By Warren Tenney
Arizona’s largest wastewater treatment plant already cleans and re-uses nearly all of the waste it receives from 2.5 million people in five AMWUA cities. Now, the cities that own the treatment plant have found one more way to re-use its products. As of spring 2018, the 91st Avenue Wastewater Treatment Plant will stop burning off the mostly methane gas it creates as a by-product. Instead, the plant will transform the by-product into renewable biogas and sell it for more than $1.2 million a year.
The 91st Avenue Wastewater Treatment Plant’s effluent, or treated wastewater, is re-used to irrigate crops, create a wildlife wetlands project called Tres Rios, and provide cooling water for the Palo Verde Nuclear Generating Station, 36 miles west of the plant. The wastewater plant treats and transforms solid waste – all the stuff ground up in garbage disposals and flushed down toilets – into fertilizer for non-food crops, such as hay, alfalfa and cotton. The City of Phoenix, which operates the plant, and its four AMWUA city partners have found a way to produce yet another marketable product – biogas. Here’s how it will work.
- The plant has 16 large digester tanks with a capacity of 1.5 million gallons to 3 million gallons. These digesters operate like an industrial stomach, digesting solid sewage waste as a step toward turning it into fertilizer. Just like our own digestive system, these industrial digesters expel gas. That gas is now vented through three flares and burned off into the atmosphere.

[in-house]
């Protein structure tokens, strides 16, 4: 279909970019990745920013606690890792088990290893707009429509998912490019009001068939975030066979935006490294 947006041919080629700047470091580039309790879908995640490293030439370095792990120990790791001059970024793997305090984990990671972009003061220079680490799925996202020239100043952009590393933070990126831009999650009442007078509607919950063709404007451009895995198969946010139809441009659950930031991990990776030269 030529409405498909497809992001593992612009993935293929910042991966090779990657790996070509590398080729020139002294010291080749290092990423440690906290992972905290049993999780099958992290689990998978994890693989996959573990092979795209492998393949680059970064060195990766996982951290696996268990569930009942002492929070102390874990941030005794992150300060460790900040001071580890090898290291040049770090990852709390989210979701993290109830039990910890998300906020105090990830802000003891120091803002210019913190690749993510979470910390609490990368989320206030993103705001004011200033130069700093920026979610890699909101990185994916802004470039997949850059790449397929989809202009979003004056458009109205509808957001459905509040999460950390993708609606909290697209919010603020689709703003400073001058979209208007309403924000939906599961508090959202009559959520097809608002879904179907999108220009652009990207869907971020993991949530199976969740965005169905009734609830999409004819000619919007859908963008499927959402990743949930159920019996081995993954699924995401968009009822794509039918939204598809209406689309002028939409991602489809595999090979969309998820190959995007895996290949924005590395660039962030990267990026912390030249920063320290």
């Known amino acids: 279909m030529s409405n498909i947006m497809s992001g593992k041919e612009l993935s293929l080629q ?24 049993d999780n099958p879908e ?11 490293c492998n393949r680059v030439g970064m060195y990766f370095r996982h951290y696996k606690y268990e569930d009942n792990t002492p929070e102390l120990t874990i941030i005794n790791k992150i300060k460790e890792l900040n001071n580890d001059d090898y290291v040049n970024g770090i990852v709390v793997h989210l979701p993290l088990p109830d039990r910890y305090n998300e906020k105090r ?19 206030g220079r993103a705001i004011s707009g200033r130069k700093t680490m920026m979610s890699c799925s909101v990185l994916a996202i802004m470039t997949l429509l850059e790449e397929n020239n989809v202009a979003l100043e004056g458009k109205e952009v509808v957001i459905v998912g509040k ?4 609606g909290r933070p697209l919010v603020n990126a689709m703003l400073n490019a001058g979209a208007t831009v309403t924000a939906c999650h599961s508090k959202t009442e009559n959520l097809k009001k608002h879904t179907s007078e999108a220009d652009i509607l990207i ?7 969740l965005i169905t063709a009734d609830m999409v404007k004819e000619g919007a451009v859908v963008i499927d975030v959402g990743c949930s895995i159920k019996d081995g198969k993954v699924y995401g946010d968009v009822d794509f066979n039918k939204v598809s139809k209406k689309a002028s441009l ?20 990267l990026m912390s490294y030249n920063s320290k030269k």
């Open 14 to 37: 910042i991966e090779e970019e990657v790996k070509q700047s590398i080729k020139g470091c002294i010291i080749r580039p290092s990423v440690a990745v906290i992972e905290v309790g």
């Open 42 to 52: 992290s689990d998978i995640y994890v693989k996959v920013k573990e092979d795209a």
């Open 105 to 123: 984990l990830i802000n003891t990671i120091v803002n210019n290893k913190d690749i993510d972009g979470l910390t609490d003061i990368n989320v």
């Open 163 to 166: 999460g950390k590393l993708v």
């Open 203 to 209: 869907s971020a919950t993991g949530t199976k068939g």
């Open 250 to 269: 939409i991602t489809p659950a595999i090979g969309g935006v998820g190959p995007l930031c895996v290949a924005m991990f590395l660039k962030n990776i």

- Last week, Phoenix and its partners broke ground for a new facility next to the plant that is about as big as a football field. The new facility is being built and operated by Ameresco, a vendor selected by the cities that own the treatment plant. It is expected to be completed and operating by spring 2018. When completed, the plant will be fully automated and will be operated by one person. The stacks that flare the gas will remain on-site to act as a backup if needed.
- The new facility will scrub and pressurize the plant’s gas into clean biogas. The gas will be compressed and travel through an underground pipe to a large commercial gas pipeline three miles west of the plant.
The 91st Avenue plant was built in 1968 by a partnership of AMWUA’s five original member cities, Glendale, Mesa, Phoenix, Scottsdale and Tempe. This partnership is known as the Sub-Regional Operating Group or SROG. The plant treats an average of 140 million gallons of wastewater a day but has the capacity to treat 230 million gallons. Both the plant and the biogas facility are built to accommodate what is expected to be a growing market.
For 48 years, Arizona Municipal Water Users Association has worked to protect our member cities’ ability to provide assured, safe and sustainable water supplies to their communities. For more water information visit www.amwua.org.